|C.H.E.S.S. ALIENS PASSAGE No. 1, January 2020|
Fortunately however, despite its almost insane commitment to sense-shattering shenanigans, this publication doesn’t simply roll out a seemingly endless series of meaningless fight sequences, but actually spends quite come considerable time building up the relationship between “two of the C.H.E.S.S. Team favourite characters.” These strained interactions, as one can hardly imagine the likes of James Washington and Richard Kincaid truly getting along with one another, adds a palpable sense of tension to the proceedings, which genuinely encourages the book’s bibliophiles to repeatedly question what its sole two protagonists are actually going to do so as to thwart the surprisingly sudden alien invasion of Nevada in America.
Such second-guessing lies at the heart of this comic’s success, and doesn’t just end when Pinpoint’s standard mission goes horribly awry with the revelation that his target quite possibly isn’t human. In fact, the gun-toting maniac’s obsessive desire to successfully complete his assassination of a "scumbag", despite it being substantially belittled in the face of the far more serious threat to the future of the planet, means Blowtorch can seemingly never confidently believe his bald-headed subordinate is going to do precisely as ordered; “Tell ya what, Blow’ -- I’ll flip ya for it. You wanna call it? Loser plays tour guide.”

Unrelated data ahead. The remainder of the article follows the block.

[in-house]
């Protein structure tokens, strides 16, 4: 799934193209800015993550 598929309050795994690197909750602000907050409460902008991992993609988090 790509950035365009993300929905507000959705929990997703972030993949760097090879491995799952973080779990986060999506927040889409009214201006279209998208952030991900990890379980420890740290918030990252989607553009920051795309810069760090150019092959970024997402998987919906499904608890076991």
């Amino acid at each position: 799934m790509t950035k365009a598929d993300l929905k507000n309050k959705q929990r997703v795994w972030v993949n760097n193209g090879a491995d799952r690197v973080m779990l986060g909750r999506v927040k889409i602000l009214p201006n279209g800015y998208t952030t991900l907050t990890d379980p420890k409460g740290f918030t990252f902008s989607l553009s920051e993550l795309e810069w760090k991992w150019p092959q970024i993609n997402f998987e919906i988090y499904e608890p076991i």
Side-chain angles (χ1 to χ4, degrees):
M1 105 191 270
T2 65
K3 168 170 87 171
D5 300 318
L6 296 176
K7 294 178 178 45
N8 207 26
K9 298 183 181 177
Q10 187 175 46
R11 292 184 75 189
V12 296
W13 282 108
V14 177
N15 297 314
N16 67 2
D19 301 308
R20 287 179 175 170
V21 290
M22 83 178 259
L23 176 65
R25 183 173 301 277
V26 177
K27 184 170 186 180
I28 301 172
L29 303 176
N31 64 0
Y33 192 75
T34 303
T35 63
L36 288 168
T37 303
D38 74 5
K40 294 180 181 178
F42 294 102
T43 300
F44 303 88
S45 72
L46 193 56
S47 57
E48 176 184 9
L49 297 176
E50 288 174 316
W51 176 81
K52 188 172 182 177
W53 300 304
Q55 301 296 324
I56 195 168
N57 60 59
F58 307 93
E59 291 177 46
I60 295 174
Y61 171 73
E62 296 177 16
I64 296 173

Adding to this scintillating story’s raw energy is Edson Alves' artwork, which does a great job of portraying the sheer pleasure Washington takes in gunning down row after row of hapless Roswell Greys in his rage-fuelled determination to finally kill his potentially immortal target. Likewise, the illustrator also does an excellent job in depicting the remote landscape surrounding the secret operatives during their difficult 'military operation'. Whether it be a badly-boarded old wooden mine building or a dilapidated brick house, the sheer isolation of the heroes’ situation is perfectly captured by this book’s pencilling.
|Writer: Alfred Paige, Edits & Letters: Bernie Lee, and Artwork: Edson Alves|